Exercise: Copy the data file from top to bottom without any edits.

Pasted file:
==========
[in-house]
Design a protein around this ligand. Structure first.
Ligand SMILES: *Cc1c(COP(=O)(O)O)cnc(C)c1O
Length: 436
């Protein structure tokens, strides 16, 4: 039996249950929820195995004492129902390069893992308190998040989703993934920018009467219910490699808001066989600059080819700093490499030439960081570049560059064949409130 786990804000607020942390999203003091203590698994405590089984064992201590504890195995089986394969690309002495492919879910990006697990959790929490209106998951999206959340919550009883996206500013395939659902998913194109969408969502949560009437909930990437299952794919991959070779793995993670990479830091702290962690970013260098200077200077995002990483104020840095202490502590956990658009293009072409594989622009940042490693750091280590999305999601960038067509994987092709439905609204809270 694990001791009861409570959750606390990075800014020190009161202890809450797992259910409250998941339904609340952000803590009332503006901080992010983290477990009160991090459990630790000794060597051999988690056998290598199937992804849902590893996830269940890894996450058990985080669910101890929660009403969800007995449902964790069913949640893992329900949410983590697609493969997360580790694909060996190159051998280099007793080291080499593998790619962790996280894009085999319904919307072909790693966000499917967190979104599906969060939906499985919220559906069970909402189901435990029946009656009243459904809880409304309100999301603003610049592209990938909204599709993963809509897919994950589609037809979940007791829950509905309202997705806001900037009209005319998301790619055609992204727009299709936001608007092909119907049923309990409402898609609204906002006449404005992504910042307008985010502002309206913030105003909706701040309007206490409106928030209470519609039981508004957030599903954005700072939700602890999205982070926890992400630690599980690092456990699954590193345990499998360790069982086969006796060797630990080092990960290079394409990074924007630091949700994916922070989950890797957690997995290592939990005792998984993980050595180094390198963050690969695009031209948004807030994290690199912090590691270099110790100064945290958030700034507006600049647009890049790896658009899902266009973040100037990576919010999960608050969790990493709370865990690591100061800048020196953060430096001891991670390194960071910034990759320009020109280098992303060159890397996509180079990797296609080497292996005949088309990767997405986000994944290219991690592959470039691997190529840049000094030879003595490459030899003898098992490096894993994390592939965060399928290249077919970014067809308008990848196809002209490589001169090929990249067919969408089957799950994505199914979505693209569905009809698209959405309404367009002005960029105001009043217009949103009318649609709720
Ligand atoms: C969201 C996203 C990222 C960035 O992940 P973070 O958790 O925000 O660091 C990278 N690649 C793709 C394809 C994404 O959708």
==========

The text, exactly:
[in-house]
Design a protein around this ligand. Structure first.
Ligand SMILES: *Cc1c(COP(=O)(O)O)cnc(C)c1O
Length: 436
């Protein structure tokens, strides 16, 4: 039996249950929820195995004492129902390069893992308190998040989703993934920018009467219910490699808001066989600059080819700093490499030439960081570049560059064949409130 786990804000607020942390999203003091203590698994405590089984064992201590504890195995089986394969690309002495492919879910990006697990959790929490209106998951999206959340919550009883996206500013395939659902998913194109969408969502949560009437909930990437299952794919991959070779793995993670990479830091702290962690970013260098200077200077995002990483104020840095202490502590956990658009293009072409594989622009940042490693750091280590999305999601960038067509994987092709439905609204809270 694990001791009861409570959750606390990075800014020190009161202890809450797992259910409250998941339904609340952000803590009332503006901080992010983290477990009160991090459990630790000794060597051999988690056998290598199937992804849902590893996830269940890894996450058990985080669910101890929660009403969800007995449902964790069913949640893992329900949410983590697609493969997360580790694909060996190159051998280099007793080291080499593998790619962790996280894009085999319904919307072909790693966000499917967190979104599906969060939906499985919220559906069970909402189901435990029946009656009243459904809880409304309100999301603003610049592209990938909204599709993963809509897919994950589609037809979940007791829950509905309202997705806001900037009209005319998301790619055609992204727009299709936001608007092909119907049923309990409402898609609204906002006449404005992504910042307008985010502002309206913030105003909706701040309007206490409106928030209470519609039981508004957030599903954005700072939700602890999205982070926890992400630690599980690092456990699954590193345990499998360790069982086969006796060797630990080092990960290079394409990074924007630091949700994916922070989950890797957690997995290592939990005792998984993980050595180094390198963050690969695009031209948004807030994290690199912090590691270099110790100064945290958030700034507006600049647009890049790896658009899902266009973040100037990576919010999960608050969790990493709370865990690591100061800048020196953060430096001891991670390194960071910034990759320009020109280098992303060159890397996509180079990797296609080497292996005949088309990767997405986000994944290219991690592959470039691997190529840049000094030879003595490459030899003898098992490096894993994390592939965060399928290249077919970014067809308008990848196809002209490589001169090929990249067919969408089957799950994505199914979505693209569905009809698209959405309404367009002005960029105001009043217009949103009318649609709720
Ligand atoms: C969201 C996203 C990222 C960035 O992940 P973070 O958790 O925000 O660091 C990278 N690649 C793709 C394809 C994404 O959708």